Hiragana く

Japanese Hiragana KU

Transliteration ku
Section K
Hiragana Man'yōgana
Stroke Number 1

, in Hiragana, or in Katakana, is one of the Japanese kana, which each represent one mora. Both represent [ku͍], and their shapes come from the kanji 久.

This kana may have a dakuten added, transforming it into in hiragana, in katakana, and gu in Hepburn romanization. The dakuten's addition also changes the sound of the syllable represented, to [ɡu͍] in initial positions, and varying between [ŋu͍] and [ɣu͍] in the middle of words. A handakuten (゜) does not occur with ku in normal Japanese text, but it may be used by linguists to indicate a nasal pronunciation [ŋu͍].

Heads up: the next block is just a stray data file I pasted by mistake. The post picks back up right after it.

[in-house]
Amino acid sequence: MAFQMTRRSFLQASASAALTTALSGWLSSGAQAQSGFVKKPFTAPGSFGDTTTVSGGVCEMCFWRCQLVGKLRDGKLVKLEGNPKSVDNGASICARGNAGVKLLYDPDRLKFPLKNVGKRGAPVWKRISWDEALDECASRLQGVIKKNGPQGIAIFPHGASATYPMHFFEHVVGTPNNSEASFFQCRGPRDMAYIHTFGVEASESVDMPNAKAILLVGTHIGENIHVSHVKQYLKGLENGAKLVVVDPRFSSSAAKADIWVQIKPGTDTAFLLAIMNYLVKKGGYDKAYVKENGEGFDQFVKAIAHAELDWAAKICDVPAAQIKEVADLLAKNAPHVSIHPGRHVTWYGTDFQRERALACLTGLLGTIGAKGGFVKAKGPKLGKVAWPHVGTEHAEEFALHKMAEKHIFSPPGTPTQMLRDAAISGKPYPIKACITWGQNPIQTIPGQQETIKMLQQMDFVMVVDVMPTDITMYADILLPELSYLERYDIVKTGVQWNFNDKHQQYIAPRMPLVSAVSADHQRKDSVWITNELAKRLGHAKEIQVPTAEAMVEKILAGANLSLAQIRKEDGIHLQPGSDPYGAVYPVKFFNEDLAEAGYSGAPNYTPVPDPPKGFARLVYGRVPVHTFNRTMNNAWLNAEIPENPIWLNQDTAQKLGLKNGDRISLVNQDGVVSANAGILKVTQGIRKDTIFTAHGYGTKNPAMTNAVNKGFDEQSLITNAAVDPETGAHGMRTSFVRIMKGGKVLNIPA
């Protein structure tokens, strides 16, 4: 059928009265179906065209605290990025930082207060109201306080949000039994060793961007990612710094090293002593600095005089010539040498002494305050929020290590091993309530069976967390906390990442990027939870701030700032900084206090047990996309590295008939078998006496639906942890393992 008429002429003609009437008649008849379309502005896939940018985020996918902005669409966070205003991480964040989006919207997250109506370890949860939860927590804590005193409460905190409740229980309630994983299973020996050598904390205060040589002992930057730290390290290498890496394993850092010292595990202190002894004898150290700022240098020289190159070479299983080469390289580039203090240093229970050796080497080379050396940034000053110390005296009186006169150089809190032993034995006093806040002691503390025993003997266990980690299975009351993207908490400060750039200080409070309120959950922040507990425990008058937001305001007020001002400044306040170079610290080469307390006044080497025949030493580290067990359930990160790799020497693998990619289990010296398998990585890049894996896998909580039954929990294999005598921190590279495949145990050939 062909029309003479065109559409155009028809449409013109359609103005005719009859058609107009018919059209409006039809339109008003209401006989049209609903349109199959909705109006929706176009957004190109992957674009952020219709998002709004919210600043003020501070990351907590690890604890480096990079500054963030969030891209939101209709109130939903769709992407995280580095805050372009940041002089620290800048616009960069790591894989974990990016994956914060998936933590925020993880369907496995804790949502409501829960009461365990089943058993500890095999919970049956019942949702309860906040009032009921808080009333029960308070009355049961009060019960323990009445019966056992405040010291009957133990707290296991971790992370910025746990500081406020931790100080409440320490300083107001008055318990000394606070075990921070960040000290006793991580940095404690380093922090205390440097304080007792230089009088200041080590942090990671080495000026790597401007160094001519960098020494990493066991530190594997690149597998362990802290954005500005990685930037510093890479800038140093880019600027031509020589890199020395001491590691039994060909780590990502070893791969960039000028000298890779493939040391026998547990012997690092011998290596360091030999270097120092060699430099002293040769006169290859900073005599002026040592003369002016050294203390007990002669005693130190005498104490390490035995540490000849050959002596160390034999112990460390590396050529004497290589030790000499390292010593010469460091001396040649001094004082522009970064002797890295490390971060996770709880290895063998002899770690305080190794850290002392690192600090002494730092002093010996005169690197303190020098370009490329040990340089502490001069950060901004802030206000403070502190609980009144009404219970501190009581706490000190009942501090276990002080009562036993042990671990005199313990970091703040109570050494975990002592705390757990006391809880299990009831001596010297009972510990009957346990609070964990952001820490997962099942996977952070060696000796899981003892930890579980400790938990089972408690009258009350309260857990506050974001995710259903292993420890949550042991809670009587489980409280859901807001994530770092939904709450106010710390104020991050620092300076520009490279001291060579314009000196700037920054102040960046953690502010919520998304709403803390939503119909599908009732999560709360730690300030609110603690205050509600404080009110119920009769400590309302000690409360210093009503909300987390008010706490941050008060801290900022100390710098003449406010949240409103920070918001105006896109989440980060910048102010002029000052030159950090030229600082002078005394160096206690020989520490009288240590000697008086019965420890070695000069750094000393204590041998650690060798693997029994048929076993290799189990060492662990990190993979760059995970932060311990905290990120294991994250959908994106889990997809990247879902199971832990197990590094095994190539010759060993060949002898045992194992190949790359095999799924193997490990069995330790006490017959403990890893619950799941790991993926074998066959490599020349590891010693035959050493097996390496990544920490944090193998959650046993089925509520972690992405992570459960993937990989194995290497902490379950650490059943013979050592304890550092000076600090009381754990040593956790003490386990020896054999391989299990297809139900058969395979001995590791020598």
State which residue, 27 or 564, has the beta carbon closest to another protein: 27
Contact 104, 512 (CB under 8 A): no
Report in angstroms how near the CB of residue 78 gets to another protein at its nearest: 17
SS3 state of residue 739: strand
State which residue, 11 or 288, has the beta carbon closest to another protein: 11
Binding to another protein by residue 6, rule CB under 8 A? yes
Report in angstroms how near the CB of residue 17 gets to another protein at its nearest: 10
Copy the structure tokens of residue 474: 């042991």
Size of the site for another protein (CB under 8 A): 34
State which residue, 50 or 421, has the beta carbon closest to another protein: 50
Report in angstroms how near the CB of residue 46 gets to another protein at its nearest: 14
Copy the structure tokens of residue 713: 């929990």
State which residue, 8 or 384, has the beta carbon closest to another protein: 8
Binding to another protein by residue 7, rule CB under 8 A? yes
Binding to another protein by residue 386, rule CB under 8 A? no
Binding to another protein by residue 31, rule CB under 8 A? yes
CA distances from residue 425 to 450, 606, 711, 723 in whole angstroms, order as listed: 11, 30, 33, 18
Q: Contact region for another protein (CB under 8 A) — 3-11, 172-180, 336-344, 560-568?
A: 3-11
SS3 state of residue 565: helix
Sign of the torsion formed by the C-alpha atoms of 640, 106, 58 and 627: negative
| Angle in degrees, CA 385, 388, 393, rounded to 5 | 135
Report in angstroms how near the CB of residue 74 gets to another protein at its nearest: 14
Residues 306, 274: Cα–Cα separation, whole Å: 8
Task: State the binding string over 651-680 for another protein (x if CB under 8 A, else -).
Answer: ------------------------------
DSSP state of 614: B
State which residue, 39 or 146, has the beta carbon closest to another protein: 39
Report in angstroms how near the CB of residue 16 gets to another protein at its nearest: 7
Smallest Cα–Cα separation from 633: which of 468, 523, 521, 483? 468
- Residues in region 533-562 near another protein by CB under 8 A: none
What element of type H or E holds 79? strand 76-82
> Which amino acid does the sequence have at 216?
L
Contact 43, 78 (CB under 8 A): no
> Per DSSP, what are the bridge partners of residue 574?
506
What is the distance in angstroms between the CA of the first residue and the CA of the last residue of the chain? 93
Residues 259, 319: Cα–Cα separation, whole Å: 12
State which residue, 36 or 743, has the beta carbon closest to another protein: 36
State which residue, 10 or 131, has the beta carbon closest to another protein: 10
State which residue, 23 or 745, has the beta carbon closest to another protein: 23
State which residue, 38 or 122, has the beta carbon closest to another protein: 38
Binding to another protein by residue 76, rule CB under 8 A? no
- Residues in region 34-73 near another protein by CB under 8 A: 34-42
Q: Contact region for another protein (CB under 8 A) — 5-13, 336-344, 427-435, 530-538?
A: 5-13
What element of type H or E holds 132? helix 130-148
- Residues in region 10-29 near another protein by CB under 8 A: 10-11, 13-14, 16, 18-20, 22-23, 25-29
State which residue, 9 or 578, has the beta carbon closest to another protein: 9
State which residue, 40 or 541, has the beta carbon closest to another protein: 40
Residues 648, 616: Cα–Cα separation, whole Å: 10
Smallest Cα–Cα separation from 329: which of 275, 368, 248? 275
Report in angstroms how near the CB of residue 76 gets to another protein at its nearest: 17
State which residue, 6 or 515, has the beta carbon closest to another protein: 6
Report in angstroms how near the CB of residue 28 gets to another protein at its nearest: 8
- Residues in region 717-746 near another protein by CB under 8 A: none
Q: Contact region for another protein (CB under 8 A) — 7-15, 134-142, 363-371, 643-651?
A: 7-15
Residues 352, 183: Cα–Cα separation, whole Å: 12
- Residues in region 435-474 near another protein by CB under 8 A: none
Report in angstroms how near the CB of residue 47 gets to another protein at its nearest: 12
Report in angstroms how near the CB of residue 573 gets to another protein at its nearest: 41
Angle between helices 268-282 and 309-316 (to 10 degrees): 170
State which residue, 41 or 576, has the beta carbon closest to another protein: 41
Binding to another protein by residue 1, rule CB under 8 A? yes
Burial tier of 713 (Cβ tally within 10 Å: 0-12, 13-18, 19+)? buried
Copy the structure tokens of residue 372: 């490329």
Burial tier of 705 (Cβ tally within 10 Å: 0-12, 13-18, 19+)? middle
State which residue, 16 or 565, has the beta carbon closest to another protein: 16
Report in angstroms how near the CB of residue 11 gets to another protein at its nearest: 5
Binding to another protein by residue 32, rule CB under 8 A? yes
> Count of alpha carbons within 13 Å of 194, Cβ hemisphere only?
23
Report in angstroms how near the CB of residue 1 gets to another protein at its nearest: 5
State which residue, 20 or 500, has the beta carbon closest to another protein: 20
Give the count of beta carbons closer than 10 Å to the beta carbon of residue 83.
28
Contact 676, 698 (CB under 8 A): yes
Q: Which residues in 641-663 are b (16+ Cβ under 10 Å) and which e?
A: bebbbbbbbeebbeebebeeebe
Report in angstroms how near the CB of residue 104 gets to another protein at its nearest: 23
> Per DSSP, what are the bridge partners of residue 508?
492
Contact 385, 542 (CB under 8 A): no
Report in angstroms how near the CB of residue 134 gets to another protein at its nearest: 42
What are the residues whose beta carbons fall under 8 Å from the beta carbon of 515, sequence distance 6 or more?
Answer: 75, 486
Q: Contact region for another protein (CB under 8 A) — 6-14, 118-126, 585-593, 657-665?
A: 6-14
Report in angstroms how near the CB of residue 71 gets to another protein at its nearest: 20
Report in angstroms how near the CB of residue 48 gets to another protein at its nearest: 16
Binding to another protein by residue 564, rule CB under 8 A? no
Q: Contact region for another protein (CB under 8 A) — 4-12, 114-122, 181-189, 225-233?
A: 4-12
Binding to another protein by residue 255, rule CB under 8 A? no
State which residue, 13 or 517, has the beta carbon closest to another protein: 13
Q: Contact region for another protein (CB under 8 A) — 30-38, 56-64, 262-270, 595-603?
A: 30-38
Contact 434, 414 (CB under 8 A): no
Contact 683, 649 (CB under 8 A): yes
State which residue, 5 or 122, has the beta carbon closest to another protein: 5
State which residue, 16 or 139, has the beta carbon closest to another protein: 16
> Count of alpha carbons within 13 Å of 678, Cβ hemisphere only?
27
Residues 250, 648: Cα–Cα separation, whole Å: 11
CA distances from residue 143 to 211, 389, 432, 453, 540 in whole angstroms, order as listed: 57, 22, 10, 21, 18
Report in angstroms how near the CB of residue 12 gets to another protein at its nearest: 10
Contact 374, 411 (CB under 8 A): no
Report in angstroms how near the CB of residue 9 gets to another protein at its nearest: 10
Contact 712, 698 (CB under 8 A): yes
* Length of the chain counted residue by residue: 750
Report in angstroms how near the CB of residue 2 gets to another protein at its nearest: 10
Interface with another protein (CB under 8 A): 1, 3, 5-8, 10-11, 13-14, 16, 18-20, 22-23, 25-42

In the Ainu language, the katakana ク can be written as small ㇰ, representing a final k sound as in アイヌイタㇰ Ainu itak (Ainu language).[1] This was developed along with other extended katakana to represent sounds in Ainu that are not found in standard Japanese katakana.

Forms Rōmaji Hiragana
Normal k-
(か行 ka-gyō)
Kuu, kwu
くう, くぅ
Addition dakuten g-
(が行 ga-gyō)
Guu, gwu
ぐう, ぐぅ
Other additional forms
Form A (Kw-)
Romaji Hiragana
Kwa くぁ
Kwi くぃ
Kwe くぇ
Kwo くぉ
Form B (Gw-)
Romaji Hiragana
Gwa ぐぁ
Gwi ぐぃ
Gwe ぐぇ
Gwo ぐぉ

Pronunciation Edit

Words with 'く' Edit

'く' at the beginning Edit

'く' in the middle Edit

'く' at the end Edit

Stroke order Edit

Hiragana く stroke order animation

Stroke order in writing く

The Hiragana く is made with three strokes:
  1. A horizontal line which turns and ends in a hook facing left.
  2. A curved vertical line that cuts through the first line.
  3. A small curved line on the right.

Trivia Edit

See also Edit


References Edit